Following last night’s performance Sanchez is hitting .304/.375/.739 (183 wRC+) with nine home runs in August, and .274/.348/.536 (131 wRC+) with 25 home runs overall. The franchise record for home runs in a season by a catcher is 30 by Jorge Posada (2003) and Yogi Berra (1952, 1956). Sanchez might get there by the end of August despite missing just about the entire month of April with a biceps strain.

Since arriving in the big leagues for good a little more than one year ago, Sanchez has slugged 45 home runs in 143 games, which is far and away the most by a catcher. Salvador Perez and Willson Contreras are tied for distant second with 27 home runs each. Here’s where Sanchez ranks among the 21 catchers with at least 300 plate appearances this season:

  • AVG: .274 (7th)
  • OBP: .348 (5th)
  • SLG: .536 (1st)
  • wRC+: 131 (3rd)
  • HR: 25 (1st)

There’s a very good chance Sanchez will hit 30 home runs this season — again, he missed almost all of April with that biceps injury — and if he does, he’ll be the sixth catcher in history to swat 30+ homers in a season at age 24 or younger. Johnny Bench did it twice. Mike Piazza, Gary Carter, Rudy York, and Matt Nokes did it as well. Sanchez is poised to join that group. Heck, he has a chance to join Bench and Piazza as the only catchers to hit 35+ homers in a season before their 25th birthday.

The knock against Sanchez has never been his bat, of course. He’s always been rough around the edges defensively, and while he has improved quite a bit over the years, he’s not going to get confused for Yadier Molina anytime soon. Sanchez currently leads baseball with 12 passed balls despite missing a month, and that’s a problem. It is. That’s 12 free bases (more, really, if two runners were on base) and some of those led directly to runs.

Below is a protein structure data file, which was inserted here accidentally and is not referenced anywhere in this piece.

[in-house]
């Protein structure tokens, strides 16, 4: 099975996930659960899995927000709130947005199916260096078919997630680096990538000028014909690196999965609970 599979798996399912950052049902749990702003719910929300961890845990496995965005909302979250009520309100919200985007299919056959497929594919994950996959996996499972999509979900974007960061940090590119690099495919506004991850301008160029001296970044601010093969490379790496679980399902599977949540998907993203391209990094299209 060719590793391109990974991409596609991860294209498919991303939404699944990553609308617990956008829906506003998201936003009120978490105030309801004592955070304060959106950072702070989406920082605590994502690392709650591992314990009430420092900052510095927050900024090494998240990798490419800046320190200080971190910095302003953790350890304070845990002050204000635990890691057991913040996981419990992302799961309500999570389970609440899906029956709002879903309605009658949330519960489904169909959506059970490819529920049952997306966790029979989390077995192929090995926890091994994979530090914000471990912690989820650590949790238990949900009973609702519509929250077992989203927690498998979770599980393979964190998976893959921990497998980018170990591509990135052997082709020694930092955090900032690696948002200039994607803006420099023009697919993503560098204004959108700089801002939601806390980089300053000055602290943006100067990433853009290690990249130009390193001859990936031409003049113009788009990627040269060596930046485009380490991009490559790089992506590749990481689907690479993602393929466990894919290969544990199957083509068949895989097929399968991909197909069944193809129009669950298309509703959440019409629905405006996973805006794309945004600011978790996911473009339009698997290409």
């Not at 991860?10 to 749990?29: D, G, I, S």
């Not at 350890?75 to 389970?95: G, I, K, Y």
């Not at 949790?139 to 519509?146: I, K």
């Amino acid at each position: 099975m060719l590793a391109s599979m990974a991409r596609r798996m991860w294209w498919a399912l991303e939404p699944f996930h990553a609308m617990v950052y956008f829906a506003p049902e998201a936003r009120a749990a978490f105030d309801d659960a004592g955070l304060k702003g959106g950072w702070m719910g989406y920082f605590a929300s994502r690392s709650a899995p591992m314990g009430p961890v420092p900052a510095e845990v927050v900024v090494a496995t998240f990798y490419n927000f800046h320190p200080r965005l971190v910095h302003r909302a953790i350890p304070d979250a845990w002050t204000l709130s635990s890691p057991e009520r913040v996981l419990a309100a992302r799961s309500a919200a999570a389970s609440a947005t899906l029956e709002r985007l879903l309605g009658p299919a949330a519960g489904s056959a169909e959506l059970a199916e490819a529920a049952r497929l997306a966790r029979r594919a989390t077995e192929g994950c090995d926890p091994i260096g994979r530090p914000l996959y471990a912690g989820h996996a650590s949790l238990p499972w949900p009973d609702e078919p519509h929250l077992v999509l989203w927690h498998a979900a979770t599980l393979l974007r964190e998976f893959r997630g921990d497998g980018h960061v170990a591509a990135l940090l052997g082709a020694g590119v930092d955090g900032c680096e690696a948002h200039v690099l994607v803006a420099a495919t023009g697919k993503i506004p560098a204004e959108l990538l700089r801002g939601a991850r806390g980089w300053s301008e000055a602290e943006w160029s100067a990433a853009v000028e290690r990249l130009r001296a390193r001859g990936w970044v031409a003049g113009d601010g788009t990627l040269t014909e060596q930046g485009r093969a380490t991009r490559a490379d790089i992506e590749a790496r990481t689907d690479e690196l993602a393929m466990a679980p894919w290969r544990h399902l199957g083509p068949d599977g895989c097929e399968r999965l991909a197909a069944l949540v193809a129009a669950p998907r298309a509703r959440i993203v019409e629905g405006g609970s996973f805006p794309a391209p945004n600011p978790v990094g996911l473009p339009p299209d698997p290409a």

Blocking balls in the dirt is an ongoing problem and the Yankees continue to work with Sanchez to help him improve. They’re not giving him a first base mitt anytime soon. They’re sticking with him as a catcher because that’s where he’s most valuable to the team. Blocking balls has been a issue. Throwing has never been.

Sanchez has gone 17-for-45 (38%) throwing out runners this year, the fourth best rate among the 23 catchers with at least 600 innings behind the plate this year. Only Yan Gomes (46%), Tucker Barnhart (43%), and Martin Maldonado (41%) have been better. As far as pitch-framing goes, Baseball Prospectus ranks Sanchez the 14th best framer — among 92 total catchers — at +3.7 runs saved.

The only glaring deficiency in Sanchez’s game is his blocking. That’s it. He hits, he throws, and he frames. I guess he’s not much of a runner, but running isn’t all that important when you’re hitting so many glorious dingers. The point is this: Sanchez is a star. Not “he’ll be a star one day” or “he could be a star with some fine tuning” or anything like that. He is a star. Right now. Today. Barely more than one full year in his MLB career.

Is that hyperbole? Premature, maybe? No. It’s not. Sanchez, even with the passed ball issues, is an impact player on both sides of the ball. He’s the best power hitting catcher in baseball and one of the best throwers and pitch-framers. Gary’s blocking is an obvious deficiency he needs to work to improve, and he will. And you know what? Even if he never improves, he still does enough to help the Yankees win. More than enough.

The Yankees are in the middle of this youth movement right now and Sanchez, as the field general behind the plate and the thumper in the middle of the lineup, is the center piece. You build championship teams up the middle, and the Yankees have a bonafide franchise catcher behind the plate in Sanchez. He’s not going to be star one day. He is a star right now. Everything he’s done in the 143 games since being called up last year makes it crystal clear.